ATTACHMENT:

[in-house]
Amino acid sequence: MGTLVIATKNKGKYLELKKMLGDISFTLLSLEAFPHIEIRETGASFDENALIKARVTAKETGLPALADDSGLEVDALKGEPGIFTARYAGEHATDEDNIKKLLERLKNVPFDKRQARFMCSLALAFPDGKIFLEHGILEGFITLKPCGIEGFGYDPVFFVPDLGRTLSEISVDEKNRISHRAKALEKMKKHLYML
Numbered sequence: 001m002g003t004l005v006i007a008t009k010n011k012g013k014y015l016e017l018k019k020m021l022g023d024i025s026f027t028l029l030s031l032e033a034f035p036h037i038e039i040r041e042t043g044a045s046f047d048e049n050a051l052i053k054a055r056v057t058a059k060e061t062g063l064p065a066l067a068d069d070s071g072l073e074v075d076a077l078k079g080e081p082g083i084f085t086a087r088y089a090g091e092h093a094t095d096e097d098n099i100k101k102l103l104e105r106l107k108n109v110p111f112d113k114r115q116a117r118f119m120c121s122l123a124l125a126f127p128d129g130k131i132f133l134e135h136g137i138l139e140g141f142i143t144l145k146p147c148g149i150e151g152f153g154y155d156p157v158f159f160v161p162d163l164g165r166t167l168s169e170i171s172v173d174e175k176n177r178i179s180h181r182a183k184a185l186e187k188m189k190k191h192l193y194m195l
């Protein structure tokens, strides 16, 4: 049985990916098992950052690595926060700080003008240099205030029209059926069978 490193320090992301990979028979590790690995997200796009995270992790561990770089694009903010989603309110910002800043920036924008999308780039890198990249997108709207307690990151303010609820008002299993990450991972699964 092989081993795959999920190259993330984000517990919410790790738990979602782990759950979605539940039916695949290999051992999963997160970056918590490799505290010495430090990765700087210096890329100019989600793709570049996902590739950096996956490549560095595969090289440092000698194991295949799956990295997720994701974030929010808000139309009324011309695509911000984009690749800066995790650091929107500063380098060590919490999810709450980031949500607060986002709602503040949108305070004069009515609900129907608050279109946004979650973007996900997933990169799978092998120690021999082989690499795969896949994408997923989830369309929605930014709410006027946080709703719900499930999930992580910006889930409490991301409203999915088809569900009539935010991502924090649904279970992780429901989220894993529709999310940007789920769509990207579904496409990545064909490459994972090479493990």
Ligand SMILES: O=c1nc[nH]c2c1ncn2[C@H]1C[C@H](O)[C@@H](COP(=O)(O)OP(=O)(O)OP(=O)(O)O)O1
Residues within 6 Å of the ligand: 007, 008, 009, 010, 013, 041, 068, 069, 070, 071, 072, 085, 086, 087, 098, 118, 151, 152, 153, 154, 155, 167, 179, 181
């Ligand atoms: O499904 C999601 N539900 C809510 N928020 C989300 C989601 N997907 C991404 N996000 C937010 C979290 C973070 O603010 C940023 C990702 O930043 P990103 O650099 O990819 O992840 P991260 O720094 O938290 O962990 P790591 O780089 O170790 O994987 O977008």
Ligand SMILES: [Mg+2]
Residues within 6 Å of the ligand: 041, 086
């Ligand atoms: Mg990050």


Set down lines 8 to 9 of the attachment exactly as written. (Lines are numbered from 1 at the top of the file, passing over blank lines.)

Ligand SMILES: [Mg+2]
Residues within 6 Å of the ligand: 041, 086